President Isaac Herzog has reportedly asked Attorney General Gali Baharav-Miara to allow Prime Minister Benjamin Netanyahu to take part in proposed negotiations over the government’s contentious plans to radically shake up the judiciary, Hebrew media reported on Thursday,
Netanyahu’s lawyers previously made the same appeal to Baharav-Miara, according to Monday reports.
Baharav-Miara shot down both requests, arguing that Netanyahu cannot be involved in Herzog’s proposed compromise talks, due to a 2020 conflict of interest arrangement barring him from involvement in matters that could impact his ongoing trial on graft charges, including the planned overhaul of the judiciary.
Hebrew media also widely reported earlier this week that Netanyahu’s lawyers sought permission from Baharav-Miara for the prime minister to make public statements about the judicial overhaul plan, but were rebuffed.
On Wednesday, Channel 12 news cited sources in Netanyahu’s Likud party who said allowing the prime minister to publicly respond to and deal with Herzog’s proposal for a compromise was necessary in order for that initiative to succeed.
The network said that Netanyahu and Justice Minister Yariv Levin, the architect of the judicial overhaul plan, were at loggerheads over the plans amid intense public pushback that has included warnings from security officials, business leaders and legal experts, as well as mass protests and civil strikes.
According to Channel 12, Netanyahu has sought to soften elements of the sweeping reforms, while Levin has threatened to resign from his position and work toward bringing down the coalition if significant changes are made.
Both Netanyahu’s and Levin’s offices denied the report.
Levin’s proposed plans for the judiciary would drastically limit the High Court of Justice’s power of judicial review of legislation; allow the Knesset to re-legislate laws if the court strikes them down; give the government control over judicial appointments; turn ministry legal advisers’ into political appointees, and make their counsel non-binding.
Last month, Levin argued that Netanyahu’s indictment convinced the public of the need to reduce the powers of the judiciary, for the first time linking his controversial package of laws aimed at reining in the courts to the premier’s legal travails.
Netanyahu is on trial in three corruption cases, facing charges of fraud, breach of trust and bribery. He denies wrongdoing and claims the charges were fabricated in an attempted political coup led by the police, the state prosecution, the media, and leftist rivals.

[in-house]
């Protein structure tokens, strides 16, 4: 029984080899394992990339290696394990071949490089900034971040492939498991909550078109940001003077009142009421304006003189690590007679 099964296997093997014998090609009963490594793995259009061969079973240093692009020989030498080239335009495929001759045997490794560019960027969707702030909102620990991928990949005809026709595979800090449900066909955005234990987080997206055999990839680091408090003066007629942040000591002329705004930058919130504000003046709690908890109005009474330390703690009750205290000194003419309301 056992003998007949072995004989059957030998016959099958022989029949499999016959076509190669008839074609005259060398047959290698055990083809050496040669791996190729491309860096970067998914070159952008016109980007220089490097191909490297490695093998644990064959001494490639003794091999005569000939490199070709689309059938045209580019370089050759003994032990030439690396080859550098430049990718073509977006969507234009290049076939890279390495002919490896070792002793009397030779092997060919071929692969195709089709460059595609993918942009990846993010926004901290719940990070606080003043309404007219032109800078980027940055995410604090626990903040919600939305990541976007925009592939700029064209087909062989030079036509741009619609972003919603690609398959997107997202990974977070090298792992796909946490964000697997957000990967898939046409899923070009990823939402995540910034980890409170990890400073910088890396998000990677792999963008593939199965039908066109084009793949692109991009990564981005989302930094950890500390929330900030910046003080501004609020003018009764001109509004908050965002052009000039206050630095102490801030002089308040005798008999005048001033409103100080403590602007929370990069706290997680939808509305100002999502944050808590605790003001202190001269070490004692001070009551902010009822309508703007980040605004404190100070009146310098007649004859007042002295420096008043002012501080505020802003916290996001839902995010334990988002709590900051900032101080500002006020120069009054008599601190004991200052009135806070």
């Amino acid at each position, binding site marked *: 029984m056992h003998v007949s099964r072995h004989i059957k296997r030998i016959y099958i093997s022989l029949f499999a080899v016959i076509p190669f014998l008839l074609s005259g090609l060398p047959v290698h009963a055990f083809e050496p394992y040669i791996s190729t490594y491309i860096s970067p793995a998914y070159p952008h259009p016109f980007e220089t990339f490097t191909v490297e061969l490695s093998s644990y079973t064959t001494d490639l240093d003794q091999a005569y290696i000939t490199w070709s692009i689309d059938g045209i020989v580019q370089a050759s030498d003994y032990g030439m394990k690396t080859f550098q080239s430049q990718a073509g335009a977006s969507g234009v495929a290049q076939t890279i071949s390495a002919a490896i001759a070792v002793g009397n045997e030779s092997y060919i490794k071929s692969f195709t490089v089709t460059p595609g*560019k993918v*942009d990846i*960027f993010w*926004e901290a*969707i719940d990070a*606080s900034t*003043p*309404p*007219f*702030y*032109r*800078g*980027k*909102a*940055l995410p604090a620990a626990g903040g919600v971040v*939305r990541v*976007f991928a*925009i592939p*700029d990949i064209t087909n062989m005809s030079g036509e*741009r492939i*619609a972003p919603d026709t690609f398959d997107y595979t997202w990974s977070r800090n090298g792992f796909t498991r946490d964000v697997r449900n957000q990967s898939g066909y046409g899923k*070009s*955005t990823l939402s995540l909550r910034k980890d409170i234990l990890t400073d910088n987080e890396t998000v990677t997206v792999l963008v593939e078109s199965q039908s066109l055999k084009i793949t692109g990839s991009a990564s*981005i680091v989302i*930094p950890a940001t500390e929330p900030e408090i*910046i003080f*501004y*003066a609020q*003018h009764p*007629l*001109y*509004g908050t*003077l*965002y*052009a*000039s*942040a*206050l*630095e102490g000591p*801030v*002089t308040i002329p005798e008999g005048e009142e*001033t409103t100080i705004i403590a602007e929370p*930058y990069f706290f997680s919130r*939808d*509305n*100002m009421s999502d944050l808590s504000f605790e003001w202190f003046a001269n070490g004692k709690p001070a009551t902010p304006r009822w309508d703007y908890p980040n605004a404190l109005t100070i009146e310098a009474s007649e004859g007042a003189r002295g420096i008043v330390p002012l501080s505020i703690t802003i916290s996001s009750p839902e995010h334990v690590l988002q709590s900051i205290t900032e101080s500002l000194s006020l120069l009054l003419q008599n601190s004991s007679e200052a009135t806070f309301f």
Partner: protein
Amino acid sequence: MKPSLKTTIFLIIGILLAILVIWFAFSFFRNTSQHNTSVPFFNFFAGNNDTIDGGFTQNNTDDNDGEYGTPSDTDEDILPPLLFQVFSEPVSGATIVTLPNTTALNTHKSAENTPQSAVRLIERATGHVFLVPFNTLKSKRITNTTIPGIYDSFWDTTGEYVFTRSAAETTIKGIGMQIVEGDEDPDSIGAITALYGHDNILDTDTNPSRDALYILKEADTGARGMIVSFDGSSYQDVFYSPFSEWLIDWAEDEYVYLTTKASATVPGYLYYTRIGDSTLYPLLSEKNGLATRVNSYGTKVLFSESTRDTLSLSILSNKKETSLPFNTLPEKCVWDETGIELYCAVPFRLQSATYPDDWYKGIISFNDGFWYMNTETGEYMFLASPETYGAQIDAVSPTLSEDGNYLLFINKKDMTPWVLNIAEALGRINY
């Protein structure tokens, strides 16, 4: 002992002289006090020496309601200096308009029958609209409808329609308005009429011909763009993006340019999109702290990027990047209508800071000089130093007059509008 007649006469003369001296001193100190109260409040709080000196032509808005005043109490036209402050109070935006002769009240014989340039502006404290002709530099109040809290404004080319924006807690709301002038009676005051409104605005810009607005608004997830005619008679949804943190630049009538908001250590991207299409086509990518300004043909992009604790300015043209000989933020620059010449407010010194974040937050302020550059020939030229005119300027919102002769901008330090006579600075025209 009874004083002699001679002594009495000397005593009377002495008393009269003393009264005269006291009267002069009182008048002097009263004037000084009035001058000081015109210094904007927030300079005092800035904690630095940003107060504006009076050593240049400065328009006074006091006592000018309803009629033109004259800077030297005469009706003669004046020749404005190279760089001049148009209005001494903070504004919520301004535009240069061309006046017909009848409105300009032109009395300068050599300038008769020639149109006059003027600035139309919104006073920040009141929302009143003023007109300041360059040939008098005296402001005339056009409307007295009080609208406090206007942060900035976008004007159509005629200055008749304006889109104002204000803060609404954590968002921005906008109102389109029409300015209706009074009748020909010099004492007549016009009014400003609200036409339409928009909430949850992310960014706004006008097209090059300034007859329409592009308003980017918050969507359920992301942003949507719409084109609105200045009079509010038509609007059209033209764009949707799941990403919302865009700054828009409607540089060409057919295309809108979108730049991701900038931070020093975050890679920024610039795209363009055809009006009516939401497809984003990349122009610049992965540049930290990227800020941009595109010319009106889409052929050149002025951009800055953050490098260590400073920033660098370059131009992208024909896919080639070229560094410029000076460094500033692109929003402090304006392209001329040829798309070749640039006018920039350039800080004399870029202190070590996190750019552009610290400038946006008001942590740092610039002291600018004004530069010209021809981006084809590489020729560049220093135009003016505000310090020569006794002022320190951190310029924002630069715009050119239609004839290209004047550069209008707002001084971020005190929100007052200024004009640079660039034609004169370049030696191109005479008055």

Government critics have long accused Netanyahu and allied lawmakers of seeking to overhaul the court system in order for the prime minister to wriggle out of criminal charges leveled against him. While Levin did not portray Netanyahu’s trial as the impetus for the judicial makeover presented in January, his comments to the Knesset plenum underlined the tangle of political and personal interests surrounding the hot-button issue.
The High Court of Justice is reviewing a petition brought last week by the Movement for Quality Government in Israel seeking to declare the prime minister unfit for office. The group argues that Netanyahu is in violation of that conflict of interest arrangement and is “incapable of separating between his legal matters and the management of the country” while “trying to destroy democracy.”
The court gave Netanyahu a month to respond to the petition.
Amid the escalating opposition to the judicial plans over the past month, Herzog called in a speech to the nation on Sunday night for compromise, warning of acute damage to Israel’s societal cohesion if sweeping changes were made without broad agreement.
Herzog, acknowledging the need for some version of judicial changes, laid out a five-point plan that he believed could form the basis for a compromise between the coalition and the opposition.
On Tuesday night, the president met with one of the lawmakers leading the charge in the Knesset, Simcha Rothman, as well as opposition chief Yair Lapid and the leader of the centrist National Unity party, Benny Gantz.
The meetings, which all took place at the president’s official residence in Jerusalem, were aimed at pushing the parties to engage in dialogue in a bid to end the bitter standoff.
The coalition is determined to push the legislation through as soon as possible but has said it would simultaneously engage in compromise talks with the opposition. However, the opposition has insisted that the legislative process must be halted to allow good-faith negotiations to take place.